Exercise

Regular moderate exercise at least 4 hours away from sleep, if not more, will also help improve sleep quality. Beware of overtraining as this can actually spike your cortisol levels and may lead to adrenal fatigue.

Daylight

You might be surprised to hear that it’s not just the lighting at night but also the light that you take directly through your retinas first thing in the morning that can help to reset our sleep / wake rhythms.  Try getting 20 minutes of either direct sunlight or full spectrum daylight directly into your retinas (without glasses or contact lenses) every morning.

Hydration

Hydration can hugely impact on the quality of your sleep. I was on sleeping pills for years and still only getting 3 hours of sleep a night, but when I started to hydrate I found myself suffering less. Being better hydrated assisted with my sleeping and I stopped relying on sleeping pills. We lose water naturally even when sleeping as we lose it through our breath. So check out my blog on hydration to read more about how to keep hydrated.

Room Temperature

According to the Sleep Council, “hot, cold and draughty rooms can seriously impact on your sleep.” They suggest that the ideal room temperature for a good night sleep should be between 16 to 18°C (60 to 65°F).

Relaxation v. Stimulation

Switching off stimulation 2 hours before bed can help our brain settle down in preparation for sleep. Stimulation can take the form of work, study or even stimulating TV programmes. If you can do anything to actually slow your brain waves down, such as alternate nostril breathing or using apps such as Heartmath, that can also be a great help.

Magnesium levels can also impact how well you are able to relax. Many of my clients find that Naturopathic techniques such as Epsom salt baths and footbaths or taking magnesium citrate help them relax. These techniques can assist with the redirection of blood flow away from the brain to the feet.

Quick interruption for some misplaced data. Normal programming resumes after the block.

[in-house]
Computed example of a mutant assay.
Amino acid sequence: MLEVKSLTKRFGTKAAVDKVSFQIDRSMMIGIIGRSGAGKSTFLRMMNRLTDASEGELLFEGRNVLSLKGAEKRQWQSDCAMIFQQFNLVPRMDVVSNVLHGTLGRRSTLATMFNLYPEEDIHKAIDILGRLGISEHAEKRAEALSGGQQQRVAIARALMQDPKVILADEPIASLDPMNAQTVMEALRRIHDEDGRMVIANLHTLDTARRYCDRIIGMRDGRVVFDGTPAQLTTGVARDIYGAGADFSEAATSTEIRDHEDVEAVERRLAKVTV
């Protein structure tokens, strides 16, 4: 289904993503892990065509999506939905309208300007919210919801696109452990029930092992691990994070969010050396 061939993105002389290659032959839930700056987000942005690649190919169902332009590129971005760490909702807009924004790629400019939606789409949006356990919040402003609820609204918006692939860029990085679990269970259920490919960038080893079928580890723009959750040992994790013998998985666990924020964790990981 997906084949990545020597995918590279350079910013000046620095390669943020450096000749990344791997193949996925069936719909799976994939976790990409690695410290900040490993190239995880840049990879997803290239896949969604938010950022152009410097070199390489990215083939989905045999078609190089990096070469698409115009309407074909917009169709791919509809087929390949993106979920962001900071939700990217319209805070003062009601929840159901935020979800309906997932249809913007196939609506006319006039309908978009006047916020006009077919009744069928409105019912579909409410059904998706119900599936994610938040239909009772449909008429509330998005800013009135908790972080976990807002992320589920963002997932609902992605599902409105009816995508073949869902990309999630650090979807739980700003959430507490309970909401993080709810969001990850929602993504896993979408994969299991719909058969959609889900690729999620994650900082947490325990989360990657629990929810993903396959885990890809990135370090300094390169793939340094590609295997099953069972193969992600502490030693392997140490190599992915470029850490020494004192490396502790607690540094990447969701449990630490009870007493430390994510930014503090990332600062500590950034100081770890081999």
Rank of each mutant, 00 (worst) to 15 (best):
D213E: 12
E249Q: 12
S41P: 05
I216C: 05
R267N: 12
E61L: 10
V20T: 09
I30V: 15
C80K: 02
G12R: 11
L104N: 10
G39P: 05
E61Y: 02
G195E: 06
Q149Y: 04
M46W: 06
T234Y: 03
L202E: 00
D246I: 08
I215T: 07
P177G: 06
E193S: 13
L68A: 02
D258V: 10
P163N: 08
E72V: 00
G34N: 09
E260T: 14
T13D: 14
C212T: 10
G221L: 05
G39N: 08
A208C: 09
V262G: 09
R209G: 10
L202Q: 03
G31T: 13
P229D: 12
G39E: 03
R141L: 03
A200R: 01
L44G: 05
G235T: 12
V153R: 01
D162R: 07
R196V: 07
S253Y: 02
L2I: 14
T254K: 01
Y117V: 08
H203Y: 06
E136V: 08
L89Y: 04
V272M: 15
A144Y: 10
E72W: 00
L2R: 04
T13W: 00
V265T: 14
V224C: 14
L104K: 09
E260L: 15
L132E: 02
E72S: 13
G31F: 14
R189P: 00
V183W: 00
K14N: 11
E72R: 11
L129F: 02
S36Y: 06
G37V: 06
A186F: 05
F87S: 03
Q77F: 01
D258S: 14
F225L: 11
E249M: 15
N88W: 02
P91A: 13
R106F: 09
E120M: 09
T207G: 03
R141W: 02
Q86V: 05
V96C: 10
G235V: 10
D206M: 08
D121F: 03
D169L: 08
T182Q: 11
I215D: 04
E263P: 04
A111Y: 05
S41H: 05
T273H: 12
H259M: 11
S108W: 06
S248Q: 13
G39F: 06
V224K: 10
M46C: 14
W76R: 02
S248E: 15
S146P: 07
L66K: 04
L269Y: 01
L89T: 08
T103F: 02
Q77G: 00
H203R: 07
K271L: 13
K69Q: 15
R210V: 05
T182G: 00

References

Al-Abri, M. A., Jaju, D., Al-Sinani, S., Al-Mamari, A., Albarwani, S., Al-Resadi, K., Bayoumi, R., Hassan, M. Al-Hashmi, K. (2016). Habitual Sleep Deprivation is Associated with Type 2 Diabetes: A Case-Control Study. Oman medical journal, 31(6), 399-403.

Bedrosian, T. A., & Nelson, R. J. (2017). Timing of light exposure affects mood and brain circuits. Translational psychiatry, 7(1), BMJ Open.

Brasure M, MacDonald R, Fuchs E, Olson CM, Carlyle M, Diem S et al. Management of Insomnia Disorder. Rockville (MD): Agency for Healthcare Research and Quality (US); 2015. (AHRQ Comparative Effectiveness Review; Volume 159).

Chaput, J.P., McNeil, J., Despres, J.P., Bouchard, C. and Tremblay, A., (2013). Seven to eight hours of sleep a night is associated with a lower prevalence of the metabolic syndrome and reduced overall cardiometabolic risk in adults. PloS one, 8(9), p.e72832.

Chepesiuk, R. (2009). Missing the dark: health effects of light pollution. Environmental health perspectives, 117(1), A20-7

Dolezal, B. A., Neufeld, E. V., Boland, D. M., Martin, J. L., & Cooper, C. B. (2017). Interrelationship between Sleep and Exercise: A Systematic Review. Advances in preventive medicine, 2017, 1364387.

Drake, C., Roehrs, T., Shambroom, J., & Roth, T. (2013). Caffeine effects on sleep taken 0, 3, or 6 hours before going to bed. Journal of clinical sleep medicine : JCSM : official publication of the American Academy of Sleep Medicine, 9(11), 1195-200. doi:10.5664/jcsm.3170

Hatori, M., Gronfier, C., Van Gelder, R. N., Bernstein, P. S., Carreras, J., Panda, S., Marks, F., Sliney, D., Hunt, C. E., Hirota, T., Furukawa, T. Tsubota, K. (2017). Global rise of potential health hazards caused by blue light-induced circadian disruption in modern aging societies. NPJ aging and mechanisms of disease, 3, 9. doi:10.1038/s41514-017-0010-2

Hysing M, Pallesen S, Stormark KM, et a. (2015). Sleep and use of electronic devices in adolescence: results from a large population-based study

Mirghani, H.O., Mohammed, O.S., Almurtadha, Y.M. and Ahmed, M.S., (2015). Good sleep quality is associated with better academic performance among Sudanese medical students. BMC research notes, 8(1), p.706.